John Ross is CEO of IGA, the largest group of independent grocery retailers in the world.
Welcome back to Endcap, John—let’s get after it. Our cover story delves deeply into the rise of discount grocery retailers. What do you make of their here-to-stay encroachment and how are you encouraging IGA’s indies to compete?
John Ross: I think the heart of this question is about understanding and serving shoppers. If you are a low-income shopper who is unable to afford to shop a Whole Foods, then your best option is to shop a discount retailer, sometimes under duress. We saw this happen during the Great Recession. As the economy improved, shoppers whose economic fortunes improved with it had acquired firsthand experience of the allure of heavy discounters, and research suggests that many shoppers kept them as part of their regular shopping arsenal.
On top of that, shoppers became very smart and very informed with the rise of information that allowed any shopper to be infinitely smarter about what’s going on at retail.
Fifteen to 20 years ago, our ability to preshop and see who had the lowest price on ketchup was very difficult and limited only to paging through print ads. But now with a keystroke, we can become informed on value in a way that we couldn’t before. So as retailers, we have to step back and say, “The internet has made shoppers smarter.” And the smart shopper is going to demand more for their dollar than someone who is uninformed. And in this environment, we retailers need to be smarter, too, by adjusting how we market and how we merchandise to make sure we’re serving today’s smart shoppers. The payoff comes with loyalty, a rise in incremental baskets and increased shopper trips. And it also allows you to have a much deeper relationship with that shopper because you’re really serving all of their needs. And it’s an enormous opportunity for the independent.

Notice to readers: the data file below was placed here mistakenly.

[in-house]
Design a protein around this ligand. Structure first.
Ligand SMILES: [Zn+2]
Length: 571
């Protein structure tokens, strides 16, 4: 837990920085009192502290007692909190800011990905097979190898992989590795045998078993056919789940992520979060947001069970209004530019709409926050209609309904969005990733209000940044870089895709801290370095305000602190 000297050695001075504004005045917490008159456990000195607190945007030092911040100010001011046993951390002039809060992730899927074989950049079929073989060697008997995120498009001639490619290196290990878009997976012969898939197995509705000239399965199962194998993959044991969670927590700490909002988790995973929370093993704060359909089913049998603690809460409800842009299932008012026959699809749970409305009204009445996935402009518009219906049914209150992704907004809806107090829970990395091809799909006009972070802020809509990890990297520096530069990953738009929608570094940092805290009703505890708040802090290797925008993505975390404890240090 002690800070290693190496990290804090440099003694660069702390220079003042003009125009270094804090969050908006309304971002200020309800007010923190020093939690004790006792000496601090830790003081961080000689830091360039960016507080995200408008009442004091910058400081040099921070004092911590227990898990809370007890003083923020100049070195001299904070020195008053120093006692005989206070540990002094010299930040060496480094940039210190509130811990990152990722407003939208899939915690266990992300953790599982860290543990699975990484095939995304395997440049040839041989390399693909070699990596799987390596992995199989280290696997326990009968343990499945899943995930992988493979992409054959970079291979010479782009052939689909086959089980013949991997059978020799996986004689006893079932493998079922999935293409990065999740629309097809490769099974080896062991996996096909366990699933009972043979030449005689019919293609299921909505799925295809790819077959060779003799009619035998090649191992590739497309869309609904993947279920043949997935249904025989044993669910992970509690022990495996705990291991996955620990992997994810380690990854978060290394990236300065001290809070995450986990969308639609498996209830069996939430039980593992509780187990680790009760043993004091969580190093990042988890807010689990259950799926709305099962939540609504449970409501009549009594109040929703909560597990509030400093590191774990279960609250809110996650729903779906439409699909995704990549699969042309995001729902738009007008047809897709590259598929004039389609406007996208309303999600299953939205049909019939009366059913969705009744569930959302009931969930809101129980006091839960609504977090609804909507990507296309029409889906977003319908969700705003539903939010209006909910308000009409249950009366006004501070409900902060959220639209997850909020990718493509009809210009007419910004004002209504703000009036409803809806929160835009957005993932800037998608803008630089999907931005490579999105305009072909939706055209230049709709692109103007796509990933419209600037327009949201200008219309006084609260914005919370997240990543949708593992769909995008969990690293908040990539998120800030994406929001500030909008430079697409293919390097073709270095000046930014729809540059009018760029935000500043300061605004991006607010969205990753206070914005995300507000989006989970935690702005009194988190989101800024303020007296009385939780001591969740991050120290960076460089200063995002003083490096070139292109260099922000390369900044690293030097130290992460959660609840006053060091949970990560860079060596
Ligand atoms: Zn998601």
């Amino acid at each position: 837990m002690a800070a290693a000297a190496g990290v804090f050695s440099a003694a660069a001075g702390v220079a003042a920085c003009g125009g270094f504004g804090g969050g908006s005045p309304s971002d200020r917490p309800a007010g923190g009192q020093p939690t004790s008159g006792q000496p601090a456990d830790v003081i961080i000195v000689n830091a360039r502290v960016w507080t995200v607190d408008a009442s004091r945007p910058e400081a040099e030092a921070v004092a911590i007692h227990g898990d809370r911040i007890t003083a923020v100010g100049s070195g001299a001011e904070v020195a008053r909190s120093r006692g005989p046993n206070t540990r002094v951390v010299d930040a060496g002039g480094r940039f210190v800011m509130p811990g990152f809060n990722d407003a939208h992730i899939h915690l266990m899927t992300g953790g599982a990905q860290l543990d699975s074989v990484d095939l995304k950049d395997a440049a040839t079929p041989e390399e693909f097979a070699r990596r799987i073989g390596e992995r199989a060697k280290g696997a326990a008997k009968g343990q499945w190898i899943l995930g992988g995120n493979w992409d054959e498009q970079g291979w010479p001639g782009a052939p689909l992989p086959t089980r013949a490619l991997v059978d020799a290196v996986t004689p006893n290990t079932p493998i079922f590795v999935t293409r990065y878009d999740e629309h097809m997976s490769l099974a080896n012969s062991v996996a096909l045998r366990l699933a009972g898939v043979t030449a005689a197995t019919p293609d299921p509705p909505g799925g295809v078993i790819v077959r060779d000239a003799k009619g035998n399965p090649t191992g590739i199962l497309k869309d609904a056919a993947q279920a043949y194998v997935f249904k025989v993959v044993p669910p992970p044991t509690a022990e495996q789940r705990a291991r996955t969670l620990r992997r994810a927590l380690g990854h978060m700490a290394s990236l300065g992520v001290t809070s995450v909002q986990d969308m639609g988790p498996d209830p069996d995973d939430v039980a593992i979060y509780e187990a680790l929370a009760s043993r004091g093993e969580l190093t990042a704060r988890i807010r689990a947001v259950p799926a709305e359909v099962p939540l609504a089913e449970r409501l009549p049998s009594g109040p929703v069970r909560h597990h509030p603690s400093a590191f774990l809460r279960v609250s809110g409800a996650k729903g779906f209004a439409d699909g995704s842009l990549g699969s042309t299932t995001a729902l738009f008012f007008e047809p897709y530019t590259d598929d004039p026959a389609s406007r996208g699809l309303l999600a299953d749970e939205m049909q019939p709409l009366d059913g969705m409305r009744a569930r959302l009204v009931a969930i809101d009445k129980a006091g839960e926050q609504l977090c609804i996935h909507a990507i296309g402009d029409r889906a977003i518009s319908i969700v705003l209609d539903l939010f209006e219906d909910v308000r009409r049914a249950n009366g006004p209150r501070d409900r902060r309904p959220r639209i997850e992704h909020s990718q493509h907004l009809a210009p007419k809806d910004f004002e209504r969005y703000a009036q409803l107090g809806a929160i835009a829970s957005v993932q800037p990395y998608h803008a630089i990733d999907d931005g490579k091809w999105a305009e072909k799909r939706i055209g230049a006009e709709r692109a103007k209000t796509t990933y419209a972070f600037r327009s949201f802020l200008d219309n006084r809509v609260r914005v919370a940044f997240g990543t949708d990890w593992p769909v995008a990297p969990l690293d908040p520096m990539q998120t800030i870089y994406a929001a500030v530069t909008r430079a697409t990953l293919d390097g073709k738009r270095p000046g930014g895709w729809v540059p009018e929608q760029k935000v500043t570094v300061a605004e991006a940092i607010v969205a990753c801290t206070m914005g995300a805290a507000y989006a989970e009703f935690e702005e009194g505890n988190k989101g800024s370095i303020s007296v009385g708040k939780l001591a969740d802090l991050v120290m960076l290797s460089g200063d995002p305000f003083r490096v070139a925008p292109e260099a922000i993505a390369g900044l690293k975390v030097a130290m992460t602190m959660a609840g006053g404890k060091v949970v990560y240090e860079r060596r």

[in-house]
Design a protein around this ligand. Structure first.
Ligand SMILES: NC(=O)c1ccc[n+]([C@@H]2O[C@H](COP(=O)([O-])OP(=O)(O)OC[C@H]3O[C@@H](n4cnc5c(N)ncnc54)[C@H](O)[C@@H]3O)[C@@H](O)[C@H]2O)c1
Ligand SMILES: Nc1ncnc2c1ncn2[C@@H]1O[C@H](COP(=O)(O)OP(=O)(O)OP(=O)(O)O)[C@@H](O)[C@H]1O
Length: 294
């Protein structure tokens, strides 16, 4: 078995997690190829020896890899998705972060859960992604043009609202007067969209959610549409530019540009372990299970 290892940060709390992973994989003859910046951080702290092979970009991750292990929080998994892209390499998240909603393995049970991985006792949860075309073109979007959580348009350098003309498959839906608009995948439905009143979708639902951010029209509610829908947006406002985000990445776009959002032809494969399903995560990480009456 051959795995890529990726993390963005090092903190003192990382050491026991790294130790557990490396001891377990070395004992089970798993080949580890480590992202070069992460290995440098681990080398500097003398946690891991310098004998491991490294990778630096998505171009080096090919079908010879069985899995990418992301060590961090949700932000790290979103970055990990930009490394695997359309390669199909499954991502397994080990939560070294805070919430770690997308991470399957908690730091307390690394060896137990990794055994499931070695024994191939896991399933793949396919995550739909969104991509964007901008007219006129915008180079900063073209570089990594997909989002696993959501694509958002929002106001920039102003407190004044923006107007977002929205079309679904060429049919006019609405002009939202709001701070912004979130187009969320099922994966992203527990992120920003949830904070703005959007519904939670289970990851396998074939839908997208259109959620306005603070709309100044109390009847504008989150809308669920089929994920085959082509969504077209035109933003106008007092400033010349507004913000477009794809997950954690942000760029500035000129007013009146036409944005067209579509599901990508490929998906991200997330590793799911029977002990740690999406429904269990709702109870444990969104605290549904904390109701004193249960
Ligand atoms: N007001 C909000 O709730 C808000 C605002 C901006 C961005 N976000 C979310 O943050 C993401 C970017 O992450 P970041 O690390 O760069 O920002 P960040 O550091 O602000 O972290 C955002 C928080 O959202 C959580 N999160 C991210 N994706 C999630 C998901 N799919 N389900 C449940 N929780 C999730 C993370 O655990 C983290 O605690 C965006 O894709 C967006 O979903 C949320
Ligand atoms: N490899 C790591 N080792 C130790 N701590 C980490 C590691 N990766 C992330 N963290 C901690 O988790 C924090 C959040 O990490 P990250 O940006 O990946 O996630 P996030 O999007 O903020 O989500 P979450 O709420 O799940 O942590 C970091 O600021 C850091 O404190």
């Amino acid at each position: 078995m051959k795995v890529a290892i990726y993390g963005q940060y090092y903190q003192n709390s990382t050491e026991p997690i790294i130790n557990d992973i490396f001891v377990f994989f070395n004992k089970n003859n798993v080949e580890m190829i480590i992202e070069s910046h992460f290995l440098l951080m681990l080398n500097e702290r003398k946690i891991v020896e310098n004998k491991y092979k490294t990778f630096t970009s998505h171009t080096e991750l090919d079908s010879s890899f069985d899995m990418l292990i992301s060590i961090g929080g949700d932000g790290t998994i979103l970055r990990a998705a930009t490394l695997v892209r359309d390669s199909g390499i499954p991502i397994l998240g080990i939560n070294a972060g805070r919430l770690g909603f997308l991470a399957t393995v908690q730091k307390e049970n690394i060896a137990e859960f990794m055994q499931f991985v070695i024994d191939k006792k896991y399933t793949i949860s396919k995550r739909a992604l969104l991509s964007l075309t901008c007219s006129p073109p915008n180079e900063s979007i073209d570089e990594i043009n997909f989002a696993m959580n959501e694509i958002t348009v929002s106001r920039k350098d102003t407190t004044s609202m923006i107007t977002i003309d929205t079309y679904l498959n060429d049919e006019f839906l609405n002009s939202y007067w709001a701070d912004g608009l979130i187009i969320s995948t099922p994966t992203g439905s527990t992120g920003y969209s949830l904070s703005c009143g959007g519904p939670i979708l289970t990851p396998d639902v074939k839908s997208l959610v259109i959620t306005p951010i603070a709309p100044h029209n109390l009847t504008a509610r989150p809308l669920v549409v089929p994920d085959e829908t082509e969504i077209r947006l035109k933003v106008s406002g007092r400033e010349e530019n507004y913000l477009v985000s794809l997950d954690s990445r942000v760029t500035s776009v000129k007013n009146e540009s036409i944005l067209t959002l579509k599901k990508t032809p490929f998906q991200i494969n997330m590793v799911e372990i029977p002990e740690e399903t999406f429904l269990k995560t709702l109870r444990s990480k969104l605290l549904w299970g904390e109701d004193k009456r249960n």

Speaking of competition, what strategic initiative are you hammering the hardest with IGA’s operators?
We have an obligation to serve our neighborhood. And in that neighborhood, there are some shoppers that require discounts, and there are others that view the thrill of the discount as kind of part of how they're wired, so they’re excited, regardless of their income. Independents must embrace the obligation to serve their neighborhood, which requires figuring out how to serve low-income customers, high-value customers and high-service customers.